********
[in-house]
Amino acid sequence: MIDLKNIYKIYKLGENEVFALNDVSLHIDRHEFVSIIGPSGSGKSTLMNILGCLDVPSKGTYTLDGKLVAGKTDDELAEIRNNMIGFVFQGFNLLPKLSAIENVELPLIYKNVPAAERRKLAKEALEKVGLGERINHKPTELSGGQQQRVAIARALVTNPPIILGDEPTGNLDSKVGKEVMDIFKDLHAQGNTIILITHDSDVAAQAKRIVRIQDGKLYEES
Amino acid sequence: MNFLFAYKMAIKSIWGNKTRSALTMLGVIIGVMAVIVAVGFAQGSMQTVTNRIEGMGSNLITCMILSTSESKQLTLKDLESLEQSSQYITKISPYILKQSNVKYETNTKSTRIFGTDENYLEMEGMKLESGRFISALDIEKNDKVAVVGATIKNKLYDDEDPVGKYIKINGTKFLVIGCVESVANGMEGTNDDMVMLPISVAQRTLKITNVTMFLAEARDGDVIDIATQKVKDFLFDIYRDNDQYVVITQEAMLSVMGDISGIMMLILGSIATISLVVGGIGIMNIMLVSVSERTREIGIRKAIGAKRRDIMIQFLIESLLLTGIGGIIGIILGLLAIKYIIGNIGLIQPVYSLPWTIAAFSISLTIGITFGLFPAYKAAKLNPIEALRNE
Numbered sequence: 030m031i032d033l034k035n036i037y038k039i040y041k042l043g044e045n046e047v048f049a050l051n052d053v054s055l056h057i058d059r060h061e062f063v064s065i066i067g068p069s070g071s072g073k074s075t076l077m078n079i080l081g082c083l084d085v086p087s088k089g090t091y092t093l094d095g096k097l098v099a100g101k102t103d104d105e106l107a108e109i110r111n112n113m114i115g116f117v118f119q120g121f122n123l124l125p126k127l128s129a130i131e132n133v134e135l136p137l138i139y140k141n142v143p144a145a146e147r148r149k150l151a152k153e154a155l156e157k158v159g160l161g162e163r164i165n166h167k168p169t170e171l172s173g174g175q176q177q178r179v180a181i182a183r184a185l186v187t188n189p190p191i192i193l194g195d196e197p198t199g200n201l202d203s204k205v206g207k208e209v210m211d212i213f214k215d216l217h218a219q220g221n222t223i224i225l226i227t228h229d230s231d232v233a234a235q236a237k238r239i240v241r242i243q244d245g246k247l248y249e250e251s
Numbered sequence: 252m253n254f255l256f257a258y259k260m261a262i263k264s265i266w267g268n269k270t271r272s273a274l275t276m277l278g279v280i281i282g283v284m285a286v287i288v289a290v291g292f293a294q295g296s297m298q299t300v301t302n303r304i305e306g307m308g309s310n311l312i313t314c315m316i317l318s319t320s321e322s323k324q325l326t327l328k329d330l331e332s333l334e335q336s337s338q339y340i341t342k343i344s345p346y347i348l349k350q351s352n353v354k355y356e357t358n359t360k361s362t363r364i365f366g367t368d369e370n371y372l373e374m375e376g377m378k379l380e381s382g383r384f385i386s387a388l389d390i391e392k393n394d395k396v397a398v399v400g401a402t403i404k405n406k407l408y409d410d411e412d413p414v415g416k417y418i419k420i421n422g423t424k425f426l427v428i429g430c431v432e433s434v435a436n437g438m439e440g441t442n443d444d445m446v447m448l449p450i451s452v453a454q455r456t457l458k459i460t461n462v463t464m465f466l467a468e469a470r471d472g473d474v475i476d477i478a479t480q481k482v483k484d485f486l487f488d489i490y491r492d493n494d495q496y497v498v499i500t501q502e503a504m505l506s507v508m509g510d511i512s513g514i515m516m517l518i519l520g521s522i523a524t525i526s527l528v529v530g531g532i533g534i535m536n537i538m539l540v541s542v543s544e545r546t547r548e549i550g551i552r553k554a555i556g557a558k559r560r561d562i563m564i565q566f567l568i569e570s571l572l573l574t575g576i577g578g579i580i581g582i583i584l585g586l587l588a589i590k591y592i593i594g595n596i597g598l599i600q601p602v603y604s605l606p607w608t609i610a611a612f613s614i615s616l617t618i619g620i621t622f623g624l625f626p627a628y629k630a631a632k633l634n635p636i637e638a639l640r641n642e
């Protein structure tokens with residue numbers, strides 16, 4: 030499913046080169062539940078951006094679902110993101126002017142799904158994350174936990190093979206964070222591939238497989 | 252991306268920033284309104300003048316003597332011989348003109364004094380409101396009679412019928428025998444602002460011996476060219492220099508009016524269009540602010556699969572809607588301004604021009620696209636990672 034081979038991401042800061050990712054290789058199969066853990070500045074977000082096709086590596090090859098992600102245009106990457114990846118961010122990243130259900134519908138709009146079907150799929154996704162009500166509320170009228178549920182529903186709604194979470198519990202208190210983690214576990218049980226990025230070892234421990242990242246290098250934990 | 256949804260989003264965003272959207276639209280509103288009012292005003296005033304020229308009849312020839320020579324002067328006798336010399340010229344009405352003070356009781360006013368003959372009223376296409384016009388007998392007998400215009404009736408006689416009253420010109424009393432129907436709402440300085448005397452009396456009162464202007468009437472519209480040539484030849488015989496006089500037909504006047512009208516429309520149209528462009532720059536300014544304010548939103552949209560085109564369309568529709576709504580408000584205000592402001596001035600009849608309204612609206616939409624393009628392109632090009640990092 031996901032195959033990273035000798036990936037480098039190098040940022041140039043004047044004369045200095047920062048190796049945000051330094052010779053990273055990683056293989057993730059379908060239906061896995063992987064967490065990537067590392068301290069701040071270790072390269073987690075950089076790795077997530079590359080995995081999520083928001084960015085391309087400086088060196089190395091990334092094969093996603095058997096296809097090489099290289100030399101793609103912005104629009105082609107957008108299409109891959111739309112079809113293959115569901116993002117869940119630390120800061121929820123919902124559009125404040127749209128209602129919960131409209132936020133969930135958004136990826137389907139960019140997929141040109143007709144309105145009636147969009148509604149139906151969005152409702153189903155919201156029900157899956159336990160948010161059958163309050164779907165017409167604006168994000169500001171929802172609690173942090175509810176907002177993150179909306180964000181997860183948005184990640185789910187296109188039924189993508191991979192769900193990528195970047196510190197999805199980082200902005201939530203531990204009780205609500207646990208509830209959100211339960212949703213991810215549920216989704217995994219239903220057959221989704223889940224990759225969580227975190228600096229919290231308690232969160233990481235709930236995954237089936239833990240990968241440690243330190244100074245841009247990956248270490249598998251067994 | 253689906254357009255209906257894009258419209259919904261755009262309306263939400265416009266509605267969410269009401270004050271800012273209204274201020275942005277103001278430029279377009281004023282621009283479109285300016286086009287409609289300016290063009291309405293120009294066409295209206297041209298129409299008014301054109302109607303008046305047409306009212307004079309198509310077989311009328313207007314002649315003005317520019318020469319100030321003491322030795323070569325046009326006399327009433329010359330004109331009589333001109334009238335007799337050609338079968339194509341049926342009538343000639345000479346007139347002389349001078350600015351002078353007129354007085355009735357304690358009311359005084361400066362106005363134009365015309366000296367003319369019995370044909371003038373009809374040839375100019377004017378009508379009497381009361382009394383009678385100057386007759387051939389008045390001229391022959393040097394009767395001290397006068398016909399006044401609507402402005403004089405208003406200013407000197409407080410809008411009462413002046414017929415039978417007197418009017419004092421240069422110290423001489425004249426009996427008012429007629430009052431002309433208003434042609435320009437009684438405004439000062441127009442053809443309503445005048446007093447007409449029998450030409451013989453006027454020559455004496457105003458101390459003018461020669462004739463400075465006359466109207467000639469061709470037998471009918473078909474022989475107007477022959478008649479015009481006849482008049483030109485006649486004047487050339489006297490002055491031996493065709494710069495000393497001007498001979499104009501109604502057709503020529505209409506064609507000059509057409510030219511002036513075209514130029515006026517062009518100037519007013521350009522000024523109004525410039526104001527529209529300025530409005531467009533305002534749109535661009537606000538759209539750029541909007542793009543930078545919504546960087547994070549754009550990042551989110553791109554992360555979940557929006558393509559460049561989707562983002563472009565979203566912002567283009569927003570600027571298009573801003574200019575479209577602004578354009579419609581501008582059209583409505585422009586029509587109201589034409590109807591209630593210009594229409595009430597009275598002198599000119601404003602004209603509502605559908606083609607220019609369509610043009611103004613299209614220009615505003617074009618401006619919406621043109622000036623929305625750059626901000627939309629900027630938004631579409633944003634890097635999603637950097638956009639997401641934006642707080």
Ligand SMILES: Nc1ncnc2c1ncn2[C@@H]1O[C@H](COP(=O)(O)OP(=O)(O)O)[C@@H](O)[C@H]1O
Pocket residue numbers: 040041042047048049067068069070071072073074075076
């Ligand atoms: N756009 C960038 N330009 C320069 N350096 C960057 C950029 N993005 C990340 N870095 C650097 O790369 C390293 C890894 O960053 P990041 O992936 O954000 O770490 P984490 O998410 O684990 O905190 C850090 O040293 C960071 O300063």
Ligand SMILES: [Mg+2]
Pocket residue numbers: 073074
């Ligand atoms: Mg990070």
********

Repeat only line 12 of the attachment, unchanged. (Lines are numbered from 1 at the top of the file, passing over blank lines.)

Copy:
């Ligand atoms: Mg990070």